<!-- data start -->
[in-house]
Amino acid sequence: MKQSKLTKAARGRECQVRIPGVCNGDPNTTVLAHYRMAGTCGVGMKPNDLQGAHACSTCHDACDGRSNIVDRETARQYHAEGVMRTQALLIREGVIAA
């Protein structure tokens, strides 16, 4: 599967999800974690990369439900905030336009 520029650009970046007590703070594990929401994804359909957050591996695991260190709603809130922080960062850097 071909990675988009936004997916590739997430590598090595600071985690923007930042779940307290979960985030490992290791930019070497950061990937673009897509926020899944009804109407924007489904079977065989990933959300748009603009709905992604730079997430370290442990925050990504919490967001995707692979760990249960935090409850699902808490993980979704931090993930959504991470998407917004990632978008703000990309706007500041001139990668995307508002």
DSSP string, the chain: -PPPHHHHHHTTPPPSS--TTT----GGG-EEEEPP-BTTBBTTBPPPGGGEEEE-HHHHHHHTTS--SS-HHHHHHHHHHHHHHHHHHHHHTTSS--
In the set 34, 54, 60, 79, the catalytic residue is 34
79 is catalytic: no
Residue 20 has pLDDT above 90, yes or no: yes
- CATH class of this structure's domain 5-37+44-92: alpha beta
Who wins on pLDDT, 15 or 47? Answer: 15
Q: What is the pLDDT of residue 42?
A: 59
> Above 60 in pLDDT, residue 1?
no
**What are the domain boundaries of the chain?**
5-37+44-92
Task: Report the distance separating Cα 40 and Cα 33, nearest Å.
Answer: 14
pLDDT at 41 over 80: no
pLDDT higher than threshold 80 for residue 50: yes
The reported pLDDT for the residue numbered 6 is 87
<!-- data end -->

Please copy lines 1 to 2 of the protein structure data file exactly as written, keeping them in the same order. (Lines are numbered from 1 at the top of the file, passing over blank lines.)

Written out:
[in-house]
Amino acid sequence: MKQSKLTKAARGRECQVRIPGVCNGDPNTTVLAHYRMAGTCGVGMKPNDLQGAHACSTCHDACDGRSNIVDRETARQYHAEGVMRTQALLIREGVIAA